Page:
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There is evidence that humans have lived in the region for some 11,000 years and the earliest pieces of pottery to be found in the southern hemisphere were dated to 6,000 BC. Warring tribes continually fought each other and the prisoners were eaten by the victors as a symbol of power and dominance.
Brazil is the largest country in South America and was so named after a tree called Brazil wood which was a very common tree along the coast. In 1500, Portugal claimed the region as its own and in 1822 Brazil gained its independence.
The Amazon Rainforest covers a vast area, some 5.5 million km2 (3.4 million miles2) but as has been witnessed in the last century it is not an endless resource. Exotic wildlife is being forced into ever smaller pockets which can only lead to extinction. It is not just wildlife that is threatened with extinction but it has been estimated that as many as 90 indigenous tribes have been wiped out since 1900. Much of this is due to de-forestation, cutting down the rainforest to make charcoal for the power industries and to make way for areas to grow crops. It is estimated, based on current rates, that the Amazon rainforest could disappear for good within the next 50 - 75 years!
Although Brasilia is the country's capital it is not the largest. São Paulo is Brazil's largest city and it is said that it took only 41 months to build! São Vicente near Sao Paulo is the oldest area and is believed to have been founded in 1532.
Interestingly Brazil's highest peak, Pico da Neblina which means Mist Peak, was not discovered until the 1950's, 12 years after the discovery of Mount Everest. As the name suggests, the peak is continuously shrouded in cloud.
Rio de Janiero is probably the most well known city in Brazil, made more so by the 2014 FIFA World Cup. England supporters who stayed in Rio were fore-warned about the favela's or slums of the city.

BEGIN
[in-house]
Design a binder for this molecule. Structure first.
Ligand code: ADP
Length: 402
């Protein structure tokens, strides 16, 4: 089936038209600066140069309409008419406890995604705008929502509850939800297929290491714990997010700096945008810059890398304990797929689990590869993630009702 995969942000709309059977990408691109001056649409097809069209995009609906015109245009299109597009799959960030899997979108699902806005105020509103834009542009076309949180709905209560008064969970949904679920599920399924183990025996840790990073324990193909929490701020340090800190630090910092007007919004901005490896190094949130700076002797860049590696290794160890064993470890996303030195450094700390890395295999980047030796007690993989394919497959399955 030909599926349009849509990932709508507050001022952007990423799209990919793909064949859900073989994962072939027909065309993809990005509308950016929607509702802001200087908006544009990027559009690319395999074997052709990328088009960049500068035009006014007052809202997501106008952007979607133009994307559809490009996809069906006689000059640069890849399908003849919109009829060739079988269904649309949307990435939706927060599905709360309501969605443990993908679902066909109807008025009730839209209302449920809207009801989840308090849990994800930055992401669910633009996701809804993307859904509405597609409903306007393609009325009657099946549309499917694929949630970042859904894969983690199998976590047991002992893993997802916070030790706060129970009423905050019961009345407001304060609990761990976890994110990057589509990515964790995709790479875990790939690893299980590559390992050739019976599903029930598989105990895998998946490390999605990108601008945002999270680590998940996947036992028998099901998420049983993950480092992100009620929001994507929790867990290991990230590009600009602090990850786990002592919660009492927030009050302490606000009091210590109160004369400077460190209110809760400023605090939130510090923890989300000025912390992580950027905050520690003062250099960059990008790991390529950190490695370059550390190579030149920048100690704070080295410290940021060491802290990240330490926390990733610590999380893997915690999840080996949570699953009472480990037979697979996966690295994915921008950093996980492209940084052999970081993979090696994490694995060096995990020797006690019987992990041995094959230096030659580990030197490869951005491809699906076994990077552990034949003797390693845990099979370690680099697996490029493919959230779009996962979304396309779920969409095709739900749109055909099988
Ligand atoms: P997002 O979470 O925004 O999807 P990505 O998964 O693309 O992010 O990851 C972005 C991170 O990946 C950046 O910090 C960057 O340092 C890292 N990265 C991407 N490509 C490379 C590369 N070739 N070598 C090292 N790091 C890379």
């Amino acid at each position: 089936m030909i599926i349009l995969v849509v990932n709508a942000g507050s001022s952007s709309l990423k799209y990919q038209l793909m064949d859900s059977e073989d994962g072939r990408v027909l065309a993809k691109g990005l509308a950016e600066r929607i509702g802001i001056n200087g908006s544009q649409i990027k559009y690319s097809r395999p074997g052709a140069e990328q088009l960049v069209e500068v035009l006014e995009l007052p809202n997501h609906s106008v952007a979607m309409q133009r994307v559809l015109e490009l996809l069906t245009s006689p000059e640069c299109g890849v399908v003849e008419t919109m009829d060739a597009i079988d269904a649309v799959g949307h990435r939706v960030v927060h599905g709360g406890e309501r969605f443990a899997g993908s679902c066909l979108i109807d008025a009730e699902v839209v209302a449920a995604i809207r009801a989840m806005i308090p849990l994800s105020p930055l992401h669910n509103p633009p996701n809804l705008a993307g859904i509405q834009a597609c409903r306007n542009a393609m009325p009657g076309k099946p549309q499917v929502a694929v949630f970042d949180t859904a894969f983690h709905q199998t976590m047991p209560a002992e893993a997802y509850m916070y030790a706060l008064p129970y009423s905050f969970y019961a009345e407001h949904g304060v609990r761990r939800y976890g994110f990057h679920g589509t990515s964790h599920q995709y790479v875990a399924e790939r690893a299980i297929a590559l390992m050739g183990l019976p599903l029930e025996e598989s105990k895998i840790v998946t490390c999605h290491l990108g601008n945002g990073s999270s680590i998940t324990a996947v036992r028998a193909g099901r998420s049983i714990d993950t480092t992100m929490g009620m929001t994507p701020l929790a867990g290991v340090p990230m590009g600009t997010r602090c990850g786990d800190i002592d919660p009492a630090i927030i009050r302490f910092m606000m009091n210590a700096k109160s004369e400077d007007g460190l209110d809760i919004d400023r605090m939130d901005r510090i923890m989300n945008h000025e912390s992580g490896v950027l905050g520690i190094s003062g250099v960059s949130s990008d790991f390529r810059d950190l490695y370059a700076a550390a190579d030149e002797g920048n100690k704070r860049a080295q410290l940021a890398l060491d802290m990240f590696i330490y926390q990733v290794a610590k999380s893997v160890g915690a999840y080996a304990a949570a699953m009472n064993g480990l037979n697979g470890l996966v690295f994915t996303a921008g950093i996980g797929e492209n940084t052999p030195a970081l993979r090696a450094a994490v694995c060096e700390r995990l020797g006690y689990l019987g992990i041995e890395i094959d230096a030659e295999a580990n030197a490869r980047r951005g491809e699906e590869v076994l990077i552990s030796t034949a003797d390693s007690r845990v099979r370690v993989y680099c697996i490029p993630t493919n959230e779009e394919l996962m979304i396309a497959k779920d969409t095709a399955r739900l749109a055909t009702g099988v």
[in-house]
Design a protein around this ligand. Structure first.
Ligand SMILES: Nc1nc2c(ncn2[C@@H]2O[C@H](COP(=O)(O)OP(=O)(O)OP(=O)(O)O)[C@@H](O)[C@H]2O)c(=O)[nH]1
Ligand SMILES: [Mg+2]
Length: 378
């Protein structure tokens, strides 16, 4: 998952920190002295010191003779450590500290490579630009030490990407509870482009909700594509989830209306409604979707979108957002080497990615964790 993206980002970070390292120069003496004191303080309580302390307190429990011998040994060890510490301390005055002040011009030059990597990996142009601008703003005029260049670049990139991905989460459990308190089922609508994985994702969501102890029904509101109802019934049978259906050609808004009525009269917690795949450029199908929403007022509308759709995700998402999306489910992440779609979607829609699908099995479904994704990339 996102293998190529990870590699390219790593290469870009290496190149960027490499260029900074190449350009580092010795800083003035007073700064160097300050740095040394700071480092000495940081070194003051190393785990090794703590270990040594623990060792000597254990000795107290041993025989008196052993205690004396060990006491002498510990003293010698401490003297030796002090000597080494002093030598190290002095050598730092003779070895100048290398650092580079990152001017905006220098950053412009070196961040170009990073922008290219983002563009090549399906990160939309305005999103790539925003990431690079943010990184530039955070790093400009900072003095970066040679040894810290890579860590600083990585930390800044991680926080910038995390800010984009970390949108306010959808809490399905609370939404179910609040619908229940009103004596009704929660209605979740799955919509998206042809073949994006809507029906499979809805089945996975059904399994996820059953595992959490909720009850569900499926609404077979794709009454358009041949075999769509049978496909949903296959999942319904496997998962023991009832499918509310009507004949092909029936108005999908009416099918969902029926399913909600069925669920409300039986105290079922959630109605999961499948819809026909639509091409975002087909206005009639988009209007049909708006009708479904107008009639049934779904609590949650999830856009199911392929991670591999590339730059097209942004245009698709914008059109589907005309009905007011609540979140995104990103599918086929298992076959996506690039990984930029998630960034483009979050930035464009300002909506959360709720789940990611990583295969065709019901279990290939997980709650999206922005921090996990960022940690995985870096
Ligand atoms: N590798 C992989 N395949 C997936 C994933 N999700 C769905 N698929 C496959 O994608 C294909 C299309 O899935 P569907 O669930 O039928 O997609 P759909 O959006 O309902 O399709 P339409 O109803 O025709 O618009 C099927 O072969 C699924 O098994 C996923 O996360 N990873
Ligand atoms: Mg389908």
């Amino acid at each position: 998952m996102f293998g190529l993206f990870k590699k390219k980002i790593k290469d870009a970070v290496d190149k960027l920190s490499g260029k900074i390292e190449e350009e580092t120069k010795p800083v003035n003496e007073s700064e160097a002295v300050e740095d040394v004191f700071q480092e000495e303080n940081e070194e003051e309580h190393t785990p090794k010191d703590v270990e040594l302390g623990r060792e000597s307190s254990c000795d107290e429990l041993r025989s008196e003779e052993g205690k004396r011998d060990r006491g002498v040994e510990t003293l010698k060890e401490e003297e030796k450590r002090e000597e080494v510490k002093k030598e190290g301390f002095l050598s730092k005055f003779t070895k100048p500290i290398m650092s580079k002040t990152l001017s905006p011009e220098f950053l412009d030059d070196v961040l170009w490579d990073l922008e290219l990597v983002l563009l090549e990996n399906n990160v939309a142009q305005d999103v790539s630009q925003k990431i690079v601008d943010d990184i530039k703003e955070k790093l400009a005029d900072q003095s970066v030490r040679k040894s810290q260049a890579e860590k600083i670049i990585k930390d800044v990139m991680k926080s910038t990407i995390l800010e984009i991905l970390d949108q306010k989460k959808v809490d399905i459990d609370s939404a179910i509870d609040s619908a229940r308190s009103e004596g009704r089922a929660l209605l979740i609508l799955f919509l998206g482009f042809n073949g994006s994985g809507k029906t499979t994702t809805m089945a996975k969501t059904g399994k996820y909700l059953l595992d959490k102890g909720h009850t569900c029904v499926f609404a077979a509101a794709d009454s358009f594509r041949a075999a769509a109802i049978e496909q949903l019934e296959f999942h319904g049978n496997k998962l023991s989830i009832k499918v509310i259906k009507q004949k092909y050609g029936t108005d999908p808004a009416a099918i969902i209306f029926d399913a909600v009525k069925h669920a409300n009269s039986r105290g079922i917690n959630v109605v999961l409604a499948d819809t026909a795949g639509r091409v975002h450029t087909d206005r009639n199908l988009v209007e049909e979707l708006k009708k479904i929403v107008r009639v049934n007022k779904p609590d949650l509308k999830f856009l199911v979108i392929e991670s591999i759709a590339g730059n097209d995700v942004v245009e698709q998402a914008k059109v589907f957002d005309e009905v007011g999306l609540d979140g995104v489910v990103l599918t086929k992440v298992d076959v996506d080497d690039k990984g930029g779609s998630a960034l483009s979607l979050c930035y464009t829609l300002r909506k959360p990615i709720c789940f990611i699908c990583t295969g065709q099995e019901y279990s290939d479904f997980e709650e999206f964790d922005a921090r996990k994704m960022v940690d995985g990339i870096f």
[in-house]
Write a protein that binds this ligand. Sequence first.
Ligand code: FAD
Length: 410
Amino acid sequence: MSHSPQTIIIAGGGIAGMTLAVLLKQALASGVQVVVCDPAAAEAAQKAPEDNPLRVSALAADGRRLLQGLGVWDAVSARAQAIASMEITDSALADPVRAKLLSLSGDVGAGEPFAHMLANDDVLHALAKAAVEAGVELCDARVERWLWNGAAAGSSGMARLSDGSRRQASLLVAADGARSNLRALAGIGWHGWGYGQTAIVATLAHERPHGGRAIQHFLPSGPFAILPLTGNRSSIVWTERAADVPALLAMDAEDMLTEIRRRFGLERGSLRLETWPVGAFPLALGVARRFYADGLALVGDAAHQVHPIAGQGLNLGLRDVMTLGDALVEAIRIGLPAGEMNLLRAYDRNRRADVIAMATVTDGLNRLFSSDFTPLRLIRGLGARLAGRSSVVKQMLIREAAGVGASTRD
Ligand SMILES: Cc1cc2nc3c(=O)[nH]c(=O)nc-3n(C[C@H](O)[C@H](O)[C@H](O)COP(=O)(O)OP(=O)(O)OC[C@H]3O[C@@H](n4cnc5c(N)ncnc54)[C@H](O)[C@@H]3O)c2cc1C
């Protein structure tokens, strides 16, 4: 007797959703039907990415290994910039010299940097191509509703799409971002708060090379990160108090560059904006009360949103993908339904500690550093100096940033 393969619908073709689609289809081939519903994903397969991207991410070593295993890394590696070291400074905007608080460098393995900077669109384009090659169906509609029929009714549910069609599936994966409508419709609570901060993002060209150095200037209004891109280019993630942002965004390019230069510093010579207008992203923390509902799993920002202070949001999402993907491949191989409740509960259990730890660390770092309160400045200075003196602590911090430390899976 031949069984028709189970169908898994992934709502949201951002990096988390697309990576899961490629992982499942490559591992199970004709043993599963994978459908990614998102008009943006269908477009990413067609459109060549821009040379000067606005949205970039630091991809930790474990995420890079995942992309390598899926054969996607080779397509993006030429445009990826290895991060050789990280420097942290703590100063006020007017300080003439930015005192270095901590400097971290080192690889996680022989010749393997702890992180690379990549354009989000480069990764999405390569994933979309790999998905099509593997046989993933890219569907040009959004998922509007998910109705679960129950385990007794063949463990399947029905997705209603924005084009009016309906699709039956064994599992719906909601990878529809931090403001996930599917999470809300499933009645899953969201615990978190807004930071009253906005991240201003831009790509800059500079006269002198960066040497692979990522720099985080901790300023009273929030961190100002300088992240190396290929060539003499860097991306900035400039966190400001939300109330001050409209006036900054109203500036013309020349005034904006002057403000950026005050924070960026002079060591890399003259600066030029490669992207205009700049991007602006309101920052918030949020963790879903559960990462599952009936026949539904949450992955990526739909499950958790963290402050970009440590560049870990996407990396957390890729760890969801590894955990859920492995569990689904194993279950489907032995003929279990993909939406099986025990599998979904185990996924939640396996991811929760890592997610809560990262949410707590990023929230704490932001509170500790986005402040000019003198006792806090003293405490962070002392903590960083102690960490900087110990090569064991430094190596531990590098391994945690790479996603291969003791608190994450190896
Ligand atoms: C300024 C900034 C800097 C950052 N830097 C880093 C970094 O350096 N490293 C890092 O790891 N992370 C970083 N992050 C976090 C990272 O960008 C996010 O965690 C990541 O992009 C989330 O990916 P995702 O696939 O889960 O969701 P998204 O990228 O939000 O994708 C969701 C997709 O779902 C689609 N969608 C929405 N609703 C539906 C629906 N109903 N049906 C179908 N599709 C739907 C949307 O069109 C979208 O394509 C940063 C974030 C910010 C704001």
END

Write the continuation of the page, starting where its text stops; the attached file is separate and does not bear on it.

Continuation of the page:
The Favela's are areas that are rife with drugs, guns and prostitution. Favela's were originally built by ex soldiers and were in some cases the remains of slave villages. The warren of narrow streets made it a haven for criminals, a place where there are regular gun battles with the police.
Tourism remains a high source of income for Brazil and one that is constantly growing, another pressure on the Rainforest.
On 12th October 1931, a magnificent statue was completed. The Cristo Redentor (Christ the Redeemer) is 30m (98ft) tall, 28m (92ft) wide standing on an 8m (26ft) pedestal. The total weight of the impressive structure is 635,000kg (700 tonnes).
Made of reinforced concrete and soapstone, the statue was built upon the 700m Corcovado mountain overlooking Rio de Janeiro. On February 10th 2008, the statue was struck by lightning in a ferocious storm that damaged parts of the head and some fingers. Repairs were carried out and some lightning rods were fitted. On 17th January the statue was again struck by lightning and a finger on the right hand was dislodged. Strong winds, lightning and erosion demands that the statue needs almost constant attention.